“I truly enjoyed Peter Bowes new book. Bennison Books is marketing it as a children’s book, and I think it works well for that purpose, but adults are going to enjoy it as much as any child would.
What I liked most is Bowes’ portrait of New South Wales through the eyes of Toby, an orphaned six year old who, because of a car accident, ends up moving to a remote part of New South Wales to live with his eccentric grandfather. The book is built out of incidents: a large shark swimming beneath the dinghy Toby and his grandfather as they fish in their dinghy, a wild storm that threatens to blow a metal roof into the sky, a search for a gold mine where a wild dingo lurks, threatening a small boy who rarely wears shoes, but the incidents build and build into a story that culminates in an ending sure to melt your heart.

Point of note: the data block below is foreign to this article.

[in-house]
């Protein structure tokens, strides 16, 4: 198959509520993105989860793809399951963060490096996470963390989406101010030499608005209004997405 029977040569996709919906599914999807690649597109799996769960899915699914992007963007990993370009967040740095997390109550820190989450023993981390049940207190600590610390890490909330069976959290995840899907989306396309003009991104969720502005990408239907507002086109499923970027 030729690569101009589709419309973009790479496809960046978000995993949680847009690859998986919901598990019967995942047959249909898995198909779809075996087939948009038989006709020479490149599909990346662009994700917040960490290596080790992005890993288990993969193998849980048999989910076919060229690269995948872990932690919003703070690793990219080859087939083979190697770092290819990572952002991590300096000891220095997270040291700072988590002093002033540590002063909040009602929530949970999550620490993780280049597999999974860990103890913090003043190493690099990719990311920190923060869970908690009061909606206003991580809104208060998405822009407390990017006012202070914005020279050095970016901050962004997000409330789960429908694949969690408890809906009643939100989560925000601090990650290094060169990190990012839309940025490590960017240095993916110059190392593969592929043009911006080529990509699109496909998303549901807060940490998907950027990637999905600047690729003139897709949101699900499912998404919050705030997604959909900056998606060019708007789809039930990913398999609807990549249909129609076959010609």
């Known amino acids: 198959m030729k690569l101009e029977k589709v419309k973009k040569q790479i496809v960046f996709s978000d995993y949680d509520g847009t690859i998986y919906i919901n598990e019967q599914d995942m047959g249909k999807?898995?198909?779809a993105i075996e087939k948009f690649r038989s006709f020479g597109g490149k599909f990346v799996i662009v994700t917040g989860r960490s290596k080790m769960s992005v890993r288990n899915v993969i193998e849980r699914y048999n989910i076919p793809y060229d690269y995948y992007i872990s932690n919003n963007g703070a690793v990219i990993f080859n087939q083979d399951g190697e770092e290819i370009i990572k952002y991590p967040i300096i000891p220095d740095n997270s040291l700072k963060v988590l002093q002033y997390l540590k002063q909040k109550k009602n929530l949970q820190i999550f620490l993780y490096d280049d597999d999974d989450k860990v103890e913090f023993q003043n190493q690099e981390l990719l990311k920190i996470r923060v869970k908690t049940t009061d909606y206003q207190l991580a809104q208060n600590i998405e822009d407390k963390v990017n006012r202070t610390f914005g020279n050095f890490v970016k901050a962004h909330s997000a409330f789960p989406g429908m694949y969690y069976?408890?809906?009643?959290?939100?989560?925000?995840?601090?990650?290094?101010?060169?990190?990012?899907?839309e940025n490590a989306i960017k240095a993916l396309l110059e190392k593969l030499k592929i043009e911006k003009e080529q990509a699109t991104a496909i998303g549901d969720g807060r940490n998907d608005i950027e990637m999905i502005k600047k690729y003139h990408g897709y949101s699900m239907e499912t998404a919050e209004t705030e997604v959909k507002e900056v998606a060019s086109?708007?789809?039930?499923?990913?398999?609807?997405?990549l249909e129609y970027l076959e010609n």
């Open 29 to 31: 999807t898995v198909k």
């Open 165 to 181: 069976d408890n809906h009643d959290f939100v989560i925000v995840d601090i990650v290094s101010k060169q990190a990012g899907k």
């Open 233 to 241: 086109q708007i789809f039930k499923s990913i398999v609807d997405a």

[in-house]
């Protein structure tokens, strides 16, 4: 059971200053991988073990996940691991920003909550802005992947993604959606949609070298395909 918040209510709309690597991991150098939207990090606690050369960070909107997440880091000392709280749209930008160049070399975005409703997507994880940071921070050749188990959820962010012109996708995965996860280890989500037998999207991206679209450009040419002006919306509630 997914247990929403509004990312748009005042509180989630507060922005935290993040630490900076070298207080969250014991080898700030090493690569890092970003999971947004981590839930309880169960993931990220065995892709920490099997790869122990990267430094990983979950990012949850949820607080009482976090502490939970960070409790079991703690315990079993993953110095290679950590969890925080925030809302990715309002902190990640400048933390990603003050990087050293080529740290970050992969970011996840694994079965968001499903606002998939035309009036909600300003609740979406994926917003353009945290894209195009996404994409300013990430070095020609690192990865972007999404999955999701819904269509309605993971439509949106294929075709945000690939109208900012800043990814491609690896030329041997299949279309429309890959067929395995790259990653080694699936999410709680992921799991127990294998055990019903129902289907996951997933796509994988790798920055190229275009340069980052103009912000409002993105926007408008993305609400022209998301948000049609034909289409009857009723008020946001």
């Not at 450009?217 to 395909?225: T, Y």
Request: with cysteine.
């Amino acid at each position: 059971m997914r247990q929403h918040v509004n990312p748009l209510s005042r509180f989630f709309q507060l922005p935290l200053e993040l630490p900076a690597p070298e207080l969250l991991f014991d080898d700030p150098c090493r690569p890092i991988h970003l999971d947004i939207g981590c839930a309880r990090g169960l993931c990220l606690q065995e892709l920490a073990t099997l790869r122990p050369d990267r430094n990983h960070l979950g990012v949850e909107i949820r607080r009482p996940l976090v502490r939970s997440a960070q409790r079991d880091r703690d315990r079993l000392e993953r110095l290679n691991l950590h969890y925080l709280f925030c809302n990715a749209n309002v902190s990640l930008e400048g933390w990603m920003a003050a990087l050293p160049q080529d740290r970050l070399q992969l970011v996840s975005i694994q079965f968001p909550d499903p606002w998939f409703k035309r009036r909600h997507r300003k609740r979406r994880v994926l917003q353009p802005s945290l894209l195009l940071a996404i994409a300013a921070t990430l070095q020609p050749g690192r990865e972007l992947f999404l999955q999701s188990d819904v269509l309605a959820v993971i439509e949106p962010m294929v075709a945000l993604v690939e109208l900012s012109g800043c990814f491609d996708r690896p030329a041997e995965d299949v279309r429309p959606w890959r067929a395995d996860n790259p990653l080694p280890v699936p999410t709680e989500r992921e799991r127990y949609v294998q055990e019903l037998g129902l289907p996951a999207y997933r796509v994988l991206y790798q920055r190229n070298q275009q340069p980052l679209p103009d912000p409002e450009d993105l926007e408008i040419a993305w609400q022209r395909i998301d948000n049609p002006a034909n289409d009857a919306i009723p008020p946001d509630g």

What is especially appealing to a midwesterner is the wildlife portrayed in the story, the strange kinds of fish, such as a trevally, the half dingo, half dogs that are residents at the cabin where Toby and his grandfather live, pythons and other snakes, bloodworms, and wallabyes, among a host of birds, some, like the sea gull, familiar, others, like the cockatoo and parrots, more exotic, at least to my knowledge. The aborigines in the story, like Monty, are also wonderful to meet.
This is not Harry Potter, filled with pulse-pounding adventures. Rather, it is a portrait of people and a place that brings alive just how unbelievable our planet and all of the wildlife, flora, fauna, fish, and humans are. The story, in the end, gets to you, climbing to a place in your spirit that makes you say to yourself, “yep, I’m really glad I read this.”
Tom Davis. Amazon review.